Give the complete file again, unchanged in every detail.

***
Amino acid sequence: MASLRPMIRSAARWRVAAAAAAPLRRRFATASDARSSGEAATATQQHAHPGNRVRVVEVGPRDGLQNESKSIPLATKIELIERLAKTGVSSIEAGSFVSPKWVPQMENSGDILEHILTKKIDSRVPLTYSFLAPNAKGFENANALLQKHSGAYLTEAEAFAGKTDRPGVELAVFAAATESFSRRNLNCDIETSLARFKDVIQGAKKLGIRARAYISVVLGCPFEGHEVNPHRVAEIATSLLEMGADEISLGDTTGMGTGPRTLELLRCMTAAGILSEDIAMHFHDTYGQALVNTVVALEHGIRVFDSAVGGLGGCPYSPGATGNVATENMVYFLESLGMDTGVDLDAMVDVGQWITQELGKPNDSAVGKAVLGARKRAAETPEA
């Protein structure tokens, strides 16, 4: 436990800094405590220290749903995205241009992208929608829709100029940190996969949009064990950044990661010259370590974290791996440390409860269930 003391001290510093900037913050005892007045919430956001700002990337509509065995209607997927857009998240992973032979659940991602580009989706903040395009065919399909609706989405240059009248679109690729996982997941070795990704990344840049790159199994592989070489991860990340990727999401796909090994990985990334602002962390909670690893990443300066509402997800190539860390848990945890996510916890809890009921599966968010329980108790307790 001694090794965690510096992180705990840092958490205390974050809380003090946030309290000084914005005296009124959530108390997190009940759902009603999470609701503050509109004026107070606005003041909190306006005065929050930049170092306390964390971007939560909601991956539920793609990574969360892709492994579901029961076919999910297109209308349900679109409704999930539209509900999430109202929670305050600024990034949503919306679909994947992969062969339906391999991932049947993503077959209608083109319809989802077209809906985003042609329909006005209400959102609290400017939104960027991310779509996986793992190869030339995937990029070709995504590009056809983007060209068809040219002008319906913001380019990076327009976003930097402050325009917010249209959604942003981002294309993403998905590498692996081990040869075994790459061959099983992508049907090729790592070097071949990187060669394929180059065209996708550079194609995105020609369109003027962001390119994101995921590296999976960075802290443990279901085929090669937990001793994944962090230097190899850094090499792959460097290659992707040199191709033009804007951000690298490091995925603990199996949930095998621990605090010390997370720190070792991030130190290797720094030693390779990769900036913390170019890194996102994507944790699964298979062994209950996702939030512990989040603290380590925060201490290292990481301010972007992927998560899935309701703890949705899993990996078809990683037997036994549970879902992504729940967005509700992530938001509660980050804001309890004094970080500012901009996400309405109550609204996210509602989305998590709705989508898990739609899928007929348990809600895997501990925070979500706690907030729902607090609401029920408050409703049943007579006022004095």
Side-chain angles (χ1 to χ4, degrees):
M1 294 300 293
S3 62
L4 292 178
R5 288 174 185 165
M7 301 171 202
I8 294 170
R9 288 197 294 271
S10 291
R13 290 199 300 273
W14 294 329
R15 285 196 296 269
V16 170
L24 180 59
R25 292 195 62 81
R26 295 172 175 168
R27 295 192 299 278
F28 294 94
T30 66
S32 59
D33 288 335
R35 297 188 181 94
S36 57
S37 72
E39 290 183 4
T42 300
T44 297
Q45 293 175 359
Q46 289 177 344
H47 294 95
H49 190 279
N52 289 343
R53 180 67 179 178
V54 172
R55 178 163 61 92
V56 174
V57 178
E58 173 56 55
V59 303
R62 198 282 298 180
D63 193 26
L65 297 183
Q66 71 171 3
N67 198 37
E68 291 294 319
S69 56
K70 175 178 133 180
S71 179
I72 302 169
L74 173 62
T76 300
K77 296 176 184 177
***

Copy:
Amino acid sequence: MASLRPMIRSAARWRVAAAAAAPLRRRFATASDARSSGEAATATQQHAHPGNRVRVVEVGPRDGLQNESKSIPLATKIELIERLAKTGVSSIEAGSFVSPKWVPQMENSGDILEHILTKKIDSRVPLTYSFLAPNAKGFENANALLQKHSGAYLTEAEAFAGKTDRPGVELAVFAAATESFSRRNLNCDIETSLARFKDVIQGAKKLGIRARAYISVVLGCPFEGHEVNPHRVAEIATSLLEMGADEISLGDTTGMGTGPRTLELLRCMTAAGILSEDIAMHFHDTYGQALVNTVVALEHGIRVFDSAVGGLGGCPYSPGATGNVATENMVYFLESLGMDTGVDLDAMVDVGQWITQELGKPNDSAVGKAVLGARKRAAETPEA
């Protein structure tokens, strides 16, 4: 436990800094405590220290749903995205241009992208929608829709100029940190996969949009064990950044990661010259370590974290791996440390409860269930 003391001290510093900037913050005892007045919430956001700002990337509509065995209607997927857009998240992973032979659940991602580009989706903040395009065919399909609706989405240059009248679109690729996982997941070795990704990344840049790159199994592989070489991860990340990727999401796909090994990985990334602002962390909670690893990443300066509402997800190539860390848990945890996510916890809890009921599966968010329980108790307790 001694090794965690510096992180705990840092958490205390974050809380003090946030309290000084914005005296009124959530108390997190009940759902009603999470609701503050509109004026107070606005003041909190306006005065929050930049170092306390964390971007939560909601991956539920793609990574969360892709492994579901029961076919999910297109209308349900679109409704999930539209509900999430109202929670305050600024990034949503919306679909994947992969062969339906391999991932049947993503077959209608083109319809989802077209809906985003042609329909006005209400959102609290400017939104960027991310779509996986793992190869030339995937990029070709995504590009056809983007060209068809040219002008319906913001380019990076327009976003930097402050325009917010249209959604942003981002294309993403998905590498692996081990040869075994790459061959099983992508049907090729790592070097071949990187060669394929180059065209996708550079194609995105020609369109003027962001390119994101995921590296999976960075802290443990279901085929090669937990001793994944962090230097190899850094090499792959460097290659992707040199191709033009804007951000690298490091995925603990199996949930095998621990605090010390997370720190070792991030130190290797720094030693390779990769900036913390170019890194996102994507944790699964298979062994209950996702939030512990989040603290380590925060201490290292990481301010972007992927998560899935309701703890949705899993990996078809990683037997036994549970879902992504729940967005509700992530938001509660980050804001309890004094970080500012901009996400309405109550609204996210509602989305998590709705989508898990739609899928007929348990809600895997501990925070979500706690907030729902607090609401029920408050409703049943007579006022004095």
Side-chain angles (χ1 to χ4, degrees):
M1 294 300 293
S3 62
L4 292 178
R5 288 174 185 165
M7 301 171 202
I8 294 170
R9 288 197 294 271
S10 291
R13 290 199 300 273
W14 294 329
R15 285 196 296 269
V16 170
L24 180 59
R25 292 195 62 81
R26 295 172 175 168
R27 295 192 299 278
F28 294 94
T30 66
S32 59
D33 288 335
R35 297 188 181 94
S36 57
S37 72
E39 290 183 4
T42 300
T44 297
Q45 293 175 359
Q46 289 177 344
H47 294 95
H49 190 279
N52 289 343
R53 180 67 179 178
V54 172
R55 178 163 61 92
V56 174
V57 178
E58 173 56 55
V59 303
R62 198 282 298 180
D63 193 26
L65 297 183
Q66 71 171 3
N67 198 37
E68 291 294 319
S69 56
K70 175 178 133 180
S71 179
I72 302 169
L74 173 62
T76 300
K77 296 176 184 177